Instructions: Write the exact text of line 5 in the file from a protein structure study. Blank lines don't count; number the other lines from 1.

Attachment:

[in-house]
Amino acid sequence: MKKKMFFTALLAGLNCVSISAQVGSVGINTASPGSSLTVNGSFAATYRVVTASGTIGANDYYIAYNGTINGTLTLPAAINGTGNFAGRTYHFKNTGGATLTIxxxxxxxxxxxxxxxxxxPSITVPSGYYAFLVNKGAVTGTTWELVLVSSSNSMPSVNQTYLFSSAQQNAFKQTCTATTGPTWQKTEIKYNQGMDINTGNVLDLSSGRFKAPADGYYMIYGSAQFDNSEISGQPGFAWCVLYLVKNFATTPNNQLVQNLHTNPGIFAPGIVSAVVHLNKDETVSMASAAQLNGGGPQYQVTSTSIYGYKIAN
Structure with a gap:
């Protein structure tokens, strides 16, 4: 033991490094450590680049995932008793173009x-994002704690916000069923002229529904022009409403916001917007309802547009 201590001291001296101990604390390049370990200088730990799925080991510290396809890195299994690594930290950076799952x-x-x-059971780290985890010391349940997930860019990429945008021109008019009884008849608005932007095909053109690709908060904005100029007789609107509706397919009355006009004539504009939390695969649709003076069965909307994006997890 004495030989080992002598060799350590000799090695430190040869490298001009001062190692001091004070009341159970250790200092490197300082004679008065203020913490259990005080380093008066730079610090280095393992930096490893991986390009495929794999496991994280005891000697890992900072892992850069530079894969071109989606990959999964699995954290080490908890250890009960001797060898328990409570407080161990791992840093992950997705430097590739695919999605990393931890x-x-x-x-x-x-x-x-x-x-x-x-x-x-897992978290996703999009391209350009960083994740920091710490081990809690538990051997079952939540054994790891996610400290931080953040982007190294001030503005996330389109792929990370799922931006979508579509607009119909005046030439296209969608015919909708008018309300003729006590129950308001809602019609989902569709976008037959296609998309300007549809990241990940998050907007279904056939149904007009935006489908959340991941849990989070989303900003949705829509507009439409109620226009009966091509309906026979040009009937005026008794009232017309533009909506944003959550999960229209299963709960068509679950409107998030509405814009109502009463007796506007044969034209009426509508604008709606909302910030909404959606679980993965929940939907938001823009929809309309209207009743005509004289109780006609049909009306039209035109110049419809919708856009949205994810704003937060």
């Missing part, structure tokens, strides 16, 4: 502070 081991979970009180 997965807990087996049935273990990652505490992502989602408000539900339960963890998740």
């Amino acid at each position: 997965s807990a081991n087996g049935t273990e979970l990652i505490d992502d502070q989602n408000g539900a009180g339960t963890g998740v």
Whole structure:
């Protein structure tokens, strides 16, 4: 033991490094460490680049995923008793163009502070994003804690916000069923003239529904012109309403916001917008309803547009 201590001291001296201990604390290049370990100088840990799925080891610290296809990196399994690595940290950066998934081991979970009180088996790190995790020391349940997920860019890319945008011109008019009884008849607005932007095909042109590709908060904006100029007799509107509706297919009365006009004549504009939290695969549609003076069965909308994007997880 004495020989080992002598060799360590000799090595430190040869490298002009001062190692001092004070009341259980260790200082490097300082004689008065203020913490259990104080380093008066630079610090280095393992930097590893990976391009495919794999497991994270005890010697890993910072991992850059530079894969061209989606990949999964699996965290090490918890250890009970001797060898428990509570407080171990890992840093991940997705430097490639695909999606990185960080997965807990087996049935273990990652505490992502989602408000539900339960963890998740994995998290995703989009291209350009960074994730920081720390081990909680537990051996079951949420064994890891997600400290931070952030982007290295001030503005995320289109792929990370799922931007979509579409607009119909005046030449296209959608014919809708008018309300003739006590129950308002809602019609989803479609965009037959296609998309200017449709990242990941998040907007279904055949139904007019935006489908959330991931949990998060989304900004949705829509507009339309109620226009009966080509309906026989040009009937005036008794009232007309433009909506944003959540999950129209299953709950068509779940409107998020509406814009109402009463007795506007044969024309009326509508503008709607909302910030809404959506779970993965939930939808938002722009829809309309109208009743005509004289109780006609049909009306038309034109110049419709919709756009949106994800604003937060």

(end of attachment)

């Missing part, structure tokens, strides 16, 4: 502070 081991979970009180 997965807990087996049935273990990652505490992502989602408000539900339960963890998740």